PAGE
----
As teachers and coaches we need to recognize that everything we do and say is important. How we present ourselves matters. Being passionate about what we teach is one of the most powerful influences we might have. Instilling a love for something is a big piece of the work we do. We need to have enough knowledge about the subject/sport so that we can give meaningful feedback. As teachers and coaches we need to help kids see where they are at and where they need to go next. Learning intentions need to be clear to the learners - if not - no wonder they dont learn very quickly. Developing conceptual understandings of how physical skill builds and why we learn to perform a skill a certain way is key in helping to develop mastery. Finally, error needs to be embraced as healthy and an important step towards achievement. Error is how we learn - not something we should feel badly about. How many times I have provided that explanation when coaching volleyball I couldn't tell you. Volleyball is a game of errors - a team gains a point only when the other team makes an error.
As coaches of adolescents, we need to remember that much of what we are doing is teaching - teaching motor skills, habits of mind, attitudes, and developing a love of skiing. Not all teachers are created equal - some teachers have a little something extra - something that engages the kids they work with in a meaningful way. I encourage you to find out more about what those coaches are doing - cause its worth replicating.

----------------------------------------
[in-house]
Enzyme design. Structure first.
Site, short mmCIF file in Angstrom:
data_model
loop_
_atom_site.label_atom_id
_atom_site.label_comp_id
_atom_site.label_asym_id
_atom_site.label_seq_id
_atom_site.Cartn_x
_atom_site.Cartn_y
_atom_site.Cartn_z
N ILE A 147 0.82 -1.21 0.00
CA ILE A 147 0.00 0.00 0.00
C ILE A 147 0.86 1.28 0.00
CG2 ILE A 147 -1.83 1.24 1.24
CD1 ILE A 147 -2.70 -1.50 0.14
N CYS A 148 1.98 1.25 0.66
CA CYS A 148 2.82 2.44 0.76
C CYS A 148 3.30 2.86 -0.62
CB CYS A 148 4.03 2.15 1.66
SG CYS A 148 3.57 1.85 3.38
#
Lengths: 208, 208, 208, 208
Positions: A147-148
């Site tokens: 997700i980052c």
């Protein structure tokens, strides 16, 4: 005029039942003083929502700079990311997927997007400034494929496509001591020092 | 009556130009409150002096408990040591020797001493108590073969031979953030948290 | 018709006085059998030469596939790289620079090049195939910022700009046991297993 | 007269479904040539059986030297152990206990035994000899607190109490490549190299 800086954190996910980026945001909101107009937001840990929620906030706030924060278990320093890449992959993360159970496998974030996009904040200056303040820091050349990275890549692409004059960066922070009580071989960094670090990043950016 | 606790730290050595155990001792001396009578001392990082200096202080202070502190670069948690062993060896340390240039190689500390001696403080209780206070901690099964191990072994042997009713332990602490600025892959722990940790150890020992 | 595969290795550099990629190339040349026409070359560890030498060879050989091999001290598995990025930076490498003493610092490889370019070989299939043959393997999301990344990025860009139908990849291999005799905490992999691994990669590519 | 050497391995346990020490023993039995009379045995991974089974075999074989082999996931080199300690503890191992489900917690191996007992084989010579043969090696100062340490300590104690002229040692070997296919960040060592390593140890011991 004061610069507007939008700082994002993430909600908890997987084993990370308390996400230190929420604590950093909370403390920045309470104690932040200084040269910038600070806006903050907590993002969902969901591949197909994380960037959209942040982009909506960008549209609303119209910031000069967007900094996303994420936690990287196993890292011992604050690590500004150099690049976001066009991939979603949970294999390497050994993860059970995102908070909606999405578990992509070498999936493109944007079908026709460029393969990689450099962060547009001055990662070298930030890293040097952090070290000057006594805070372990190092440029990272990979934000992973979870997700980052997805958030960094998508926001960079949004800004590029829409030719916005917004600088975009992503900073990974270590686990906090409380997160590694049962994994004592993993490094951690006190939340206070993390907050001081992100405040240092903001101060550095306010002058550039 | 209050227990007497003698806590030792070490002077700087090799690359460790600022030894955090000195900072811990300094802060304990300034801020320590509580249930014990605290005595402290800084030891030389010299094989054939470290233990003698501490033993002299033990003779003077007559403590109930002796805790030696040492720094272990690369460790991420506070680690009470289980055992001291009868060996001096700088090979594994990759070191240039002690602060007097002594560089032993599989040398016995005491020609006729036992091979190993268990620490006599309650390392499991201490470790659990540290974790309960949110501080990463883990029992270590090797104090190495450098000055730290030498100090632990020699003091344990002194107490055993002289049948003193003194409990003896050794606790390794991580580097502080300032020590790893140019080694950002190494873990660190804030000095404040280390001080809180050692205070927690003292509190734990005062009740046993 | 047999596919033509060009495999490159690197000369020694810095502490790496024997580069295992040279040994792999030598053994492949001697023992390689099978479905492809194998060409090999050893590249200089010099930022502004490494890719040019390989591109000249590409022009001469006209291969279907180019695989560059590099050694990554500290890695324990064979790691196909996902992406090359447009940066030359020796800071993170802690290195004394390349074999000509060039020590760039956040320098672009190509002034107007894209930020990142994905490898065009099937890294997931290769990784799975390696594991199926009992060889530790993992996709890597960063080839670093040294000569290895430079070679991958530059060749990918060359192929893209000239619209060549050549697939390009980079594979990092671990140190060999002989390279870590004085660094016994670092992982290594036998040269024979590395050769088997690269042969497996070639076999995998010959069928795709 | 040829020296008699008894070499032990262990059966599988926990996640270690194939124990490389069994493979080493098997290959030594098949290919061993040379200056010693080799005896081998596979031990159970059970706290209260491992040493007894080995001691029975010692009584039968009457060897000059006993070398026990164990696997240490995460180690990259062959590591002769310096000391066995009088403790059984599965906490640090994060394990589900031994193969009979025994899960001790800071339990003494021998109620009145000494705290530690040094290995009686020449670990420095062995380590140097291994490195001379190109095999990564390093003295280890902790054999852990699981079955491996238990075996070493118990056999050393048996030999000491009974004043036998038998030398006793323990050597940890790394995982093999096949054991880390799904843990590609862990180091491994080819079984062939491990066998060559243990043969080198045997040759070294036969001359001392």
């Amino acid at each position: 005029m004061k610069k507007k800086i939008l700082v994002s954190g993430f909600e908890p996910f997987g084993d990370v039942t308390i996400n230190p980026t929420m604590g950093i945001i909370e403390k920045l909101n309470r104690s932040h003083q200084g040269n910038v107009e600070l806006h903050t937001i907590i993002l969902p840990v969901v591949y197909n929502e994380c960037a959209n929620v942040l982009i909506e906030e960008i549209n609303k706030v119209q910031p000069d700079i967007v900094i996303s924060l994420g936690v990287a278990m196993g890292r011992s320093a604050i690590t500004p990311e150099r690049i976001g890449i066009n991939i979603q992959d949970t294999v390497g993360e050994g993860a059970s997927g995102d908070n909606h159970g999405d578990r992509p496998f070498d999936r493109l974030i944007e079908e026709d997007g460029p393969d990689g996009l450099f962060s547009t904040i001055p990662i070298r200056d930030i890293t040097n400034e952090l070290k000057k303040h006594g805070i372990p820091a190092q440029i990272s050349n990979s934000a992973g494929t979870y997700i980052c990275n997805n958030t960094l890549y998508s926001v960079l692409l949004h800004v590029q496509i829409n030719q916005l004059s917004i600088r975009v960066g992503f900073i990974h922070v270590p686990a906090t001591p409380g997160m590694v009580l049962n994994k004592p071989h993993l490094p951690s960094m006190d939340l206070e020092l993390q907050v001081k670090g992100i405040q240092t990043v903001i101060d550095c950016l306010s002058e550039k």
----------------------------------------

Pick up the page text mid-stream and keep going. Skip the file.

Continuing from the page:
Saturday, 4 October 2014
There is something to say about splitting my life between coaching and teaching. Noticing the stark contrast between the education world and the coaching world in the willingness of professionals to share out best practice with those less experienced and knowledgeable. One only has to look to twitter to see the vast volume of the sharing of best practice ideas in teaching, and the almost complete lack of any sharing of best practice in coaching. Why is this? Why is that experienced, knowledgeable, seasoned coaches in cross country skiing do very little to no sharing of their work, their insight, or their resources with other coaches? I'm not saying it doesn't happen, because it does. Experienced, seasoned coaches, do share their wisdom or expertise. It just doesn't happen very often, at least as far as I am aware of.
Maybe it is because of the proprietary nature of cross country ski coaching in Canada. Seasoned, knowledgeable, experienced coaches are motivated to deliver their expertise to those employing them. Often the boards of directors of the clubs that pay their professional coaches include stipulations in their contracts that their employed coaches may not do work for other clubs. Rightly these clubs who are paying alot of money to employ a seasoned, experienced, knowledgeable coach want these coaches to serve their membership. And so, the rich get richer, and the poor stay where they are or struggle along.